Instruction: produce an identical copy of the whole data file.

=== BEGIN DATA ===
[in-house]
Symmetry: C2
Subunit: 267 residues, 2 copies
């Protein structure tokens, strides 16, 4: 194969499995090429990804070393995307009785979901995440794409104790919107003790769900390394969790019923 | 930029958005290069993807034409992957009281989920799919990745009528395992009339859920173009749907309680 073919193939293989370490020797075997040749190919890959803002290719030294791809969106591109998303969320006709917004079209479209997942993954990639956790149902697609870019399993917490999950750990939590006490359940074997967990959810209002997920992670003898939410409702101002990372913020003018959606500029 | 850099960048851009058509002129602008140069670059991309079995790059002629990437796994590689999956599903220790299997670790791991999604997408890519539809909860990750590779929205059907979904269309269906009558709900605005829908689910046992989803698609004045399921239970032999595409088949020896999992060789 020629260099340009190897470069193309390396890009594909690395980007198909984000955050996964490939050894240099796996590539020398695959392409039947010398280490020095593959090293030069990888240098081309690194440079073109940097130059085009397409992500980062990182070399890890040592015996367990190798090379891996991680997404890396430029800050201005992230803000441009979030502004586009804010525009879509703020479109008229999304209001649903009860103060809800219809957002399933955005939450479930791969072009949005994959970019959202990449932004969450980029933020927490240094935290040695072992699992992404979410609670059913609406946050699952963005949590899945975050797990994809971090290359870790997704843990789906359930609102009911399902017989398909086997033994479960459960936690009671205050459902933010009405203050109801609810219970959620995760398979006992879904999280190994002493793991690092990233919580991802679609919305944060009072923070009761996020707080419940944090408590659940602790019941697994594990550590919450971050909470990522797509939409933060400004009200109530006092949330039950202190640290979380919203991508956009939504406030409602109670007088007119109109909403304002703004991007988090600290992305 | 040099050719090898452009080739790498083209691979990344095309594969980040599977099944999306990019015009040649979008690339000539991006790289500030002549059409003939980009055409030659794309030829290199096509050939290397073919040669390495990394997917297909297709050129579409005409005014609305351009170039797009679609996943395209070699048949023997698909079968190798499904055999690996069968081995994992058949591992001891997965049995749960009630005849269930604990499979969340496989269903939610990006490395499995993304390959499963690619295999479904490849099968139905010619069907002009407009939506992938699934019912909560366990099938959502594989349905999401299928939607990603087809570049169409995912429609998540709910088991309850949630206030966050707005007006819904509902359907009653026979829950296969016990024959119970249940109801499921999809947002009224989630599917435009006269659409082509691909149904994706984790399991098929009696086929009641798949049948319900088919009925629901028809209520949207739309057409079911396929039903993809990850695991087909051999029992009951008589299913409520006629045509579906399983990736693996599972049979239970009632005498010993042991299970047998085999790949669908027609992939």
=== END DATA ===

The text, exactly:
[in-house]
Symmetry: C2
Subunit: 267 residues, 2 copies
């Protein structure tokens, strides 16, 4: 194969499995090429990804070393995307009785979901995440794409104790919107003790769900390394969790019923 | 930029958005290069993807034409992957009281989920799919990745009528395992009339859920173009749907309680 073919193939293989370490020797075997040749190919890959803002290719030294791809969106591109998303969320006709917004079209479209997942993954990639956790149902697609870019399993917490999950750990939590006490359940074997967990959810209002997920992670003898939410409702101002990372913020003018959606500029 | 850099960048851009058509002129602008140069670059991309079995790059002629990437796994590689999956599903220790299997670790791991999604997408890519539809909860990750590779929205059907979904269309269906009558709900605005829908689910046992989803698609004045399921239970032999595409088949020896999992060789 020629260099340009190897470069193309390396890009594909690395980007198909984000955050996964490939050894240099796996590539020398695959392409039947010398280490020095593959090293030069990888240098081309690194440079073109940097130059085009397409992500980062990182070399890890040592015996367990190798090379891996991680997404890396430029800050201005992230803000441009979030502004586009804010525009879509703020479109008229999304209001649903009860103060809800219809957002399933955005939450479930791969072009949005994959970019959202990449932004969450980029933020927490240094935290040695072992699992992404979410609670059913609406946050699952963005949590899945975050797990994809971090290359870790997704843990789906359930609102009911399902017989398909086997033994479960459960936690009671205050459902933010009405203050109801609810219970959620995760398979006992879904999280190994002493793991690092990233919580991802679609919305944060009072923070009761996020707080419940944090408590659940602790019941697994594990550590919450971050909470990522797509939409933060400004009200109530006092949330039950202190640290979380919203991508956009939504406030409602109670007088007119109109909403304002703004991007988090600290992305 | 040099050719090898452009080739790498083209691979990344095309594969980040599977099944999306990019015009040649979008690339000539991006790289500030002549059409003939980009055409030659794309030829290199096509050939290397073919040669390495990394997917297909297709050129579409005409005014609305351009170039797009679609996943395209070699048949023997698909079968190798499904055999690996069968081995994992058949591992001891997965049995749960009630005849269930604990499979969340496989269903939610990006490395499995993304390959499963690619295999479904490849099968139905010619069907002009407009939506992938699934019912909560366990099938959502594989349905999401299928939607990603087809570049169409995912429609998540709910088991309850949630206030966050707005007006819904509902359907009653026979829950296969016990024959119970249940109801499921999809947002009224989630599917435009006269659409082509691909149904994706984790399991098929009696086929009641798949049948319900088919009925629901028809209520949207739309057409079911396929039903993809990850695991087909051999029992009951008589299913409520006629045509579906399983990736693996599972049979239970009632005498010993042991299970047998085999790949669908027609992939």